Live blogging from the Future of Social Media Conference: panel discussion at 4.30pm

Speakers on the panel discussion include Jia Shen, RockYou, Andy Hobsbawn, Agency.com, Rohit Bhargava, Ogilvy 360 Digital Influence, and Simon Frank, KickApps.

Question one

Since companies now go to people to inspire ideas about their brands, are professionals of use any more?

Rohit: of course. Professionals need to find the people who are passionate about you. You need someone to find them.

Simon: you can no longer stop people having their own opinions about your brand. But you can embrace it. The brands who listen are the ones that listen to the feedback and take change onboard.

Andy: There is a lot collapsing around us. The modern system of branding might be in crisis not just for economic reasons but also environmental.

Question two

What is the future of the corporate website?

Rohit: One model for the new website is to be an aggregator for all this activity. A brand can say we have content that we create but we also pull together other content created by others.

Simon: If you think the homepage is no longer the destination, then what impact on the site. Widegets, portability, syndication, people will start mashing up on their own and allow people to collate what is there destination not what you or I think it is.

Question three

How should marketing teams be reorganised?

Andy: it used to be that marketing, pr and operations were all in siloes but from the user point of you, it is all the same brand. If there is a problem, they do not differentiate between departments.

Rohit: social media usually sits with those people who were the first evangelists. So if it started in the PR department, it is probably still there. Where they sit in a company is not the first question, the first question is “who is keen on social media”.

Simon: Getting the board to adopt is important so getting them engaged in the benefits and penalties will make it easier. If we spend too long structuring, we won’t do. Trying to plan and do it, and it probably won’t work. Change management at board level is critical.

Question four

Is there any evidence yet of infestation of social networking sites that can be used to destroy brands?

Andy: it has already happened, and am sure it will happen again. There will always be people who try to gatecrash the system. Spam has sort of been controlled. Technology will catch up for a cat-and-mouse game. People will want to do the right thing.

Jia: it is no longer one campaign at a time, it is a constant campaign.

Question five

Will social media make conferences like this go online?

Jia: as long as what we create here can be shared, then it will happen.

Andy: there is a real premium on face-to-face – look at the music industry and the explosion of live performances. But the future depends on us collaborating at a distance without travelling in the way that we did. So we will need to work this out. In US, they will have a conference in one place with a live connection, then have a local one in your own town.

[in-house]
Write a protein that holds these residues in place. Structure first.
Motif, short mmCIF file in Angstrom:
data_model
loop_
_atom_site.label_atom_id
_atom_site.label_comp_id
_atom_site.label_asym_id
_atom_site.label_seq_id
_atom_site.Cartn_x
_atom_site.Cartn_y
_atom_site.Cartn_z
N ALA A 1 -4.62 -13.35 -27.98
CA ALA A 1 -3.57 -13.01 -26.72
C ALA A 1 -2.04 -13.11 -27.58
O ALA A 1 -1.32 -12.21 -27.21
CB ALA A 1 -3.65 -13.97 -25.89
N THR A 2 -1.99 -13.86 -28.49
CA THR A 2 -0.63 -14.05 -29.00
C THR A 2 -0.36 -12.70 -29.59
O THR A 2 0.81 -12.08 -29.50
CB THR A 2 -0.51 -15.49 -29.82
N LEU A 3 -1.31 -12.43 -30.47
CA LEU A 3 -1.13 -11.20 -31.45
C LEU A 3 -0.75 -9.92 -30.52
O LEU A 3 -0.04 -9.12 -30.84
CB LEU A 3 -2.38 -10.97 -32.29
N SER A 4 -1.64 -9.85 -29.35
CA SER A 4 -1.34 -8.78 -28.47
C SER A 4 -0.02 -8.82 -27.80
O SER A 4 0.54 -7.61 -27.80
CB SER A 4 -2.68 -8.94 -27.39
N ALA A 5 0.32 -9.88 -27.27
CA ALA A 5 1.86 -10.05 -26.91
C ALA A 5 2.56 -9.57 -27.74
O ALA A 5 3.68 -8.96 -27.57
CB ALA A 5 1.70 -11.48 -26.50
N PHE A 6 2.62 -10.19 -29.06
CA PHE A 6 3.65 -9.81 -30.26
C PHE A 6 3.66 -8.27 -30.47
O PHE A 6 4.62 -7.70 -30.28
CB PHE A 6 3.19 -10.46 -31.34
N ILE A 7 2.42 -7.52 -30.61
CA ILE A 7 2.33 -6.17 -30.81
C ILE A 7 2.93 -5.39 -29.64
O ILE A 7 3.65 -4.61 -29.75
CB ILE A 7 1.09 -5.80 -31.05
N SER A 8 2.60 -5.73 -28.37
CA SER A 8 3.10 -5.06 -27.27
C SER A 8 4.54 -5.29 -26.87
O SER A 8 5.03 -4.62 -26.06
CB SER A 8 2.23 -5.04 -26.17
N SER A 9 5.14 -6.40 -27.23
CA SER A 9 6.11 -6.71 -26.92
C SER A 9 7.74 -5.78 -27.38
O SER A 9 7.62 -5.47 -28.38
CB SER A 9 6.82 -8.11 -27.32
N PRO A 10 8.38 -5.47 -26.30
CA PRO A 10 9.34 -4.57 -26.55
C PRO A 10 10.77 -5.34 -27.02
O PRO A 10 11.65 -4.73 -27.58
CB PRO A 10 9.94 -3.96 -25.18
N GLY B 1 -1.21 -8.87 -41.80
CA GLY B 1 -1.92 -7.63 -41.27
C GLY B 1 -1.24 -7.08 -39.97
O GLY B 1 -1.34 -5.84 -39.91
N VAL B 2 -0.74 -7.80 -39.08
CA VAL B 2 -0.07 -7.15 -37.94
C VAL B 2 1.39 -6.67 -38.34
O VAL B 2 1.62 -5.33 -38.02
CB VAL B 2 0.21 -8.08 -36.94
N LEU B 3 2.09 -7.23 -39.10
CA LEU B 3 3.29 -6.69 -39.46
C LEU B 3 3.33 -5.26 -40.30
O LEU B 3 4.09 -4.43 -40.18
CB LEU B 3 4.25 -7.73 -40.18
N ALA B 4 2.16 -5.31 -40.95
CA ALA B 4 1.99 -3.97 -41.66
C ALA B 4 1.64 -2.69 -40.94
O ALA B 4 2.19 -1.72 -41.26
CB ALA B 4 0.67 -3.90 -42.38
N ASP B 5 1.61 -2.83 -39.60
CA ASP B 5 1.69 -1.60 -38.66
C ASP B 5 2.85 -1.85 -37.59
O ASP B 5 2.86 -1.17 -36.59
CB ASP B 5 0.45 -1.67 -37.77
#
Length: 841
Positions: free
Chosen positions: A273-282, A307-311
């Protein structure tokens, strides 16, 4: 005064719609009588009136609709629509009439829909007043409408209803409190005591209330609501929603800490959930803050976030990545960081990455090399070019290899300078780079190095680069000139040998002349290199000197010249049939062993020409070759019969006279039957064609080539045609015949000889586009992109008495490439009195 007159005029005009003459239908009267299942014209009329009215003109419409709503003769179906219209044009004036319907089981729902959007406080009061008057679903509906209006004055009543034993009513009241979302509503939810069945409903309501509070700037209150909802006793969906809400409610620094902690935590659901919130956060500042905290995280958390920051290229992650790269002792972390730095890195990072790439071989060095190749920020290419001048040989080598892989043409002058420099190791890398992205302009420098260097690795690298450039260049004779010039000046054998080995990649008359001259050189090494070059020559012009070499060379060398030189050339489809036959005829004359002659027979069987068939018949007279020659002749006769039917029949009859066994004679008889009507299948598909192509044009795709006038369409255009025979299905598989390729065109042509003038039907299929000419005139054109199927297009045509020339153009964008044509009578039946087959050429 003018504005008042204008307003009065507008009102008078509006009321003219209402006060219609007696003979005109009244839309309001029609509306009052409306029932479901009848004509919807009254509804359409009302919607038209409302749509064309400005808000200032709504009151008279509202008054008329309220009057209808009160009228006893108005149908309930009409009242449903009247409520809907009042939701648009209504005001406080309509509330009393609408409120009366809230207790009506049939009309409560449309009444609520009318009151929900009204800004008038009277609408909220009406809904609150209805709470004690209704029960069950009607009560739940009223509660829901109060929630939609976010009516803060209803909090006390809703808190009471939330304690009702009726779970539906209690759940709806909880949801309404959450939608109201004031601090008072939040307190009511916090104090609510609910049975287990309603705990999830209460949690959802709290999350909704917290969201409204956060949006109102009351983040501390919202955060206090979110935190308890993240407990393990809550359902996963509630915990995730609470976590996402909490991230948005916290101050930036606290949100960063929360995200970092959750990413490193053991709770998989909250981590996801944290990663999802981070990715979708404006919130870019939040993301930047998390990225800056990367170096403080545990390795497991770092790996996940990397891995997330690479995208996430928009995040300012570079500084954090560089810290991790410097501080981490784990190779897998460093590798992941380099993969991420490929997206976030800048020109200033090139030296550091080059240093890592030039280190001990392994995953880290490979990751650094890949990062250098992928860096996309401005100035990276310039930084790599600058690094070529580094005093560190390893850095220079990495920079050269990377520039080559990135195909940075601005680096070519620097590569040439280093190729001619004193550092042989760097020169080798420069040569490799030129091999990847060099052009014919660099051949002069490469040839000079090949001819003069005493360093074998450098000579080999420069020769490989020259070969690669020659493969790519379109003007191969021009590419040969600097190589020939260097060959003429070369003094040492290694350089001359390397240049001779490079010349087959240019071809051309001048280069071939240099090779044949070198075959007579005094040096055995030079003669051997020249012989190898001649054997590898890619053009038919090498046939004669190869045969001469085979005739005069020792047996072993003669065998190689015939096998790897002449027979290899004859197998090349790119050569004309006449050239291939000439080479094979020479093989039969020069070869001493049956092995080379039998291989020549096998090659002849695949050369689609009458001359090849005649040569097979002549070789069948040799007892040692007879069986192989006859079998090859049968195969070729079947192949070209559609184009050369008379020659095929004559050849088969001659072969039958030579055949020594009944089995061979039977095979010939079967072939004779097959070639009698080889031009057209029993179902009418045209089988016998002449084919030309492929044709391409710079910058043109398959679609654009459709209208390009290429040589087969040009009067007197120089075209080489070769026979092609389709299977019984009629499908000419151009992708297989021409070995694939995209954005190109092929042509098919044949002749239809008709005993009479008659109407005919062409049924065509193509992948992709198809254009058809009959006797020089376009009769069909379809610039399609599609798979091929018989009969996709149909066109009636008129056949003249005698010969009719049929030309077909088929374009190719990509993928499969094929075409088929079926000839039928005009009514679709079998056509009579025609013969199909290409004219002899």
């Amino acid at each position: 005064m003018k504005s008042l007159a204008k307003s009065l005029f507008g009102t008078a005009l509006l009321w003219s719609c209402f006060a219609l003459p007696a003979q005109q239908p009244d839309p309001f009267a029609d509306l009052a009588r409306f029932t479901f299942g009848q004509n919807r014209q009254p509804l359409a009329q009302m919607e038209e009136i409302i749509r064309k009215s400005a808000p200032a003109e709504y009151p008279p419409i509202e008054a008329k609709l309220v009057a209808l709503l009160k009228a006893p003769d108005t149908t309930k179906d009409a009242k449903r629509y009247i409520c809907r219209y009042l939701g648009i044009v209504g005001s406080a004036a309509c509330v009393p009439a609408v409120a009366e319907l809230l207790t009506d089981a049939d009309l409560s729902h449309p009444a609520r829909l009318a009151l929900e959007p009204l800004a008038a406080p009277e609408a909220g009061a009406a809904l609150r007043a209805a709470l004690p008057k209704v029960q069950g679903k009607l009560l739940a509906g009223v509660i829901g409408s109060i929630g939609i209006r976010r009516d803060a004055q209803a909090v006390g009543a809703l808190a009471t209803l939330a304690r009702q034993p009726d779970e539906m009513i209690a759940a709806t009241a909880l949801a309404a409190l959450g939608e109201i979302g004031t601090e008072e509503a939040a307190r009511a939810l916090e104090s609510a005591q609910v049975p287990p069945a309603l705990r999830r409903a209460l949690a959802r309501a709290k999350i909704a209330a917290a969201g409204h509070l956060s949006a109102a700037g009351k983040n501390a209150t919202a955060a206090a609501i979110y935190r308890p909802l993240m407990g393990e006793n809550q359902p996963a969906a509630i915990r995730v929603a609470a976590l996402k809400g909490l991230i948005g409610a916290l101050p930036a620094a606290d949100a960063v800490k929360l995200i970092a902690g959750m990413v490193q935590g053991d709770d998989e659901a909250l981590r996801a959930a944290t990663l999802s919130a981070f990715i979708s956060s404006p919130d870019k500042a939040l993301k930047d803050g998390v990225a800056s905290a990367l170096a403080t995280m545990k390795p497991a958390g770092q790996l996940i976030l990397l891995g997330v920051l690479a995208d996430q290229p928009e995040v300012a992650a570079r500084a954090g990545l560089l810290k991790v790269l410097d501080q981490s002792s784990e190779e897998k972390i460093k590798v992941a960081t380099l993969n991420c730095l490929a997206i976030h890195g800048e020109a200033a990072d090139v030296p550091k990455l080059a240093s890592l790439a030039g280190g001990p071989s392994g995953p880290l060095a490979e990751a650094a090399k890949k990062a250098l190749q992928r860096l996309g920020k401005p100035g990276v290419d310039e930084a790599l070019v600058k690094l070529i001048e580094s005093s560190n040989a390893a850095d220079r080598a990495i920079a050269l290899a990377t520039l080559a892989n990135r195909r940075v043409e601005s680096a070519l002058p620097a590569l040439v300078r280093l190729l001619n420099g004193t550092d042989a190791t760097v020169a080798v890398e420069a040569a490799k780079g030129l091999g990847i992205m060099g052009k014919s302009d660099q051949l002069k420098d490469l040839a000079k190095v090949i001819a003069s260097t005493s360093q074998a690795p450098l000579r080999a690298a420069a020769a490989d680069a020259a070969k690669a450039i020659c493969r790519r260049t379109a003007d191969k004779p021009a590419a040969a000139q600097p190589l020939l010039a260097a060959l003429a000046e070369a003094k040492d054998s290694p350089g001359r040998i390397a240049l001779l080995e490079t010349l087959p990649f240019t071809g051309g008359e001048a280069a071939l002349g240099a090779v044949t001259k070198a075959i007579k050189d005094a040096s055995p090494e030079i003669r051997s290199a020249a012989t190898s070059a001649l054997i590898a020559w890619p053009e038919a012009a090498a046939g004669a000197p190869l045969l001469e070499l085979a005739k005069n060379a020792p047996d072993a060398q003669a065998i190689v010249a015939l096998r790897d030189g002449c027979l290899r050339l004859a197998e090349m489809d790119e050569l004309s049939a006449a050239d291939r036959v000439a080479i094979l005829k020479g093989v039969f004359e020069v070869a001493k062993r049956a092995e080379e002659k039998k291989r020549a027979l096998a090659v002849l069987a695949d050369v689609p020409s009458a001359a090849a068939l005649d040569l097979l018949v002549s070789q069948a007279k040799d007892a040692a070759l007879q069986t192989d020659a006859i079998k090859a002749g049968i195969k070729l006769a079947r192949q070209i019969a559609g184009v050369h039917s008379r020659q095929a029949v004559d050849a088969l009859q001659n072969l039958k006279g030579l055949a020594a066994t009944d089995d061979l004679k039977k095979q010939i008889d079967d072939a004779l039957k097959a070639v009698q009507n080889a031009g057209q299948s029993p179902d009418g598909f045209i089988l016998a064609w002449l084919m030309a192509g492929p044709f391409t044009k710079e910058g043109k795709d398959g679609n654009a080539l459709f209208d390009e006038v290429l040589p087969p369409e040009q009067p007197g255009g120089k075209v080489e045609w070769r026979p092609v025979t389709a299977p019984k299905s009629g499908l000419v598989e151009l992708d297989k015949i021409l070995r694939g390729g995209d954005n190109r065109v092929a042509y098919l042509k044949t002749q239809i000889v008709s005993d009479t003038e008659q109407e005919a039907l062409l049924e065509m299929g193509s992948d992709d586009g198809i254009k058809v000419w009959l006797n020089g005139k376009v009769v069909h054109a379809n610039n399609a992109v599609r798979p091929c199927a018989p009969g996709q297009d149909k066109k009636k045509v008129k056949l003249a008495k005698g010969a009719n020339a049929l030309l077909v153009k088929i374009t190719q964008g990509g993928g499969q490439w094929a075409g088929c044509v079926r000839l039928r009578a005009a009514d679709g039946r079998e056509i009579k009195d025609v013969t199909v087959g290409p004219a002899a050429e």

Question six

We have talked a lot about the big social networks, what role is there for small ones.

Simon: We work on the belief that Facebook/LinkedIn are the generic experience but we see a lot of growth in smaller, dedicated ones such as Proctor + Gamble. The big players will still be there but you need to be aware of niche.

Rohit: One advantage of niche is that the big sites are used for friends and personal space while the niche ones are more about professional and single interest groups. This makes them a lot better for  marketing to. It goes back to tje fact that if a group is small, it does not matter if it is the right people…

Andy: no one place will cater for everyone’s needs so there will always be interest in niches. Neither are mutally exclusive.

Question seven

What is the next big thing?

Andy: open social technologies that allow you to travel between groups. You will want to take your identity and profile with you so your destination should be able to cater for that.

Rohit: Pay attention to sites that allow you to create a site around you such as Ning. Imagine if you could create your own Facebook!

Simon: who’s got the most cash in the bank and who has worked out their business model. There are going to be people who rise and succeed and those with great ideas that might fall by the wayside because their model does not work. And joining up of social networking and portability.

Jia: Battle of the social apps’. People want to make new content in new places and that is what people want to market too. Instead of creating a whole new social graph, since they have already been established, how do you connect it elsewhere to share content. 

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About John Welsh

John Welsh has spent his entire working life in business-to-business media, first traditional publishing, having edited three magazines over 14 years, and, second, exhibitions since 2007. He started this blog on 22 June 2008 and ended it on 18 May 2010.
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One Response to Live blogging from the Future of Social Media Conference: panel discussion at 4.30pm

  1. Pingback: FSM: The good, bad and ugly in social media | RockYou SuperBlog

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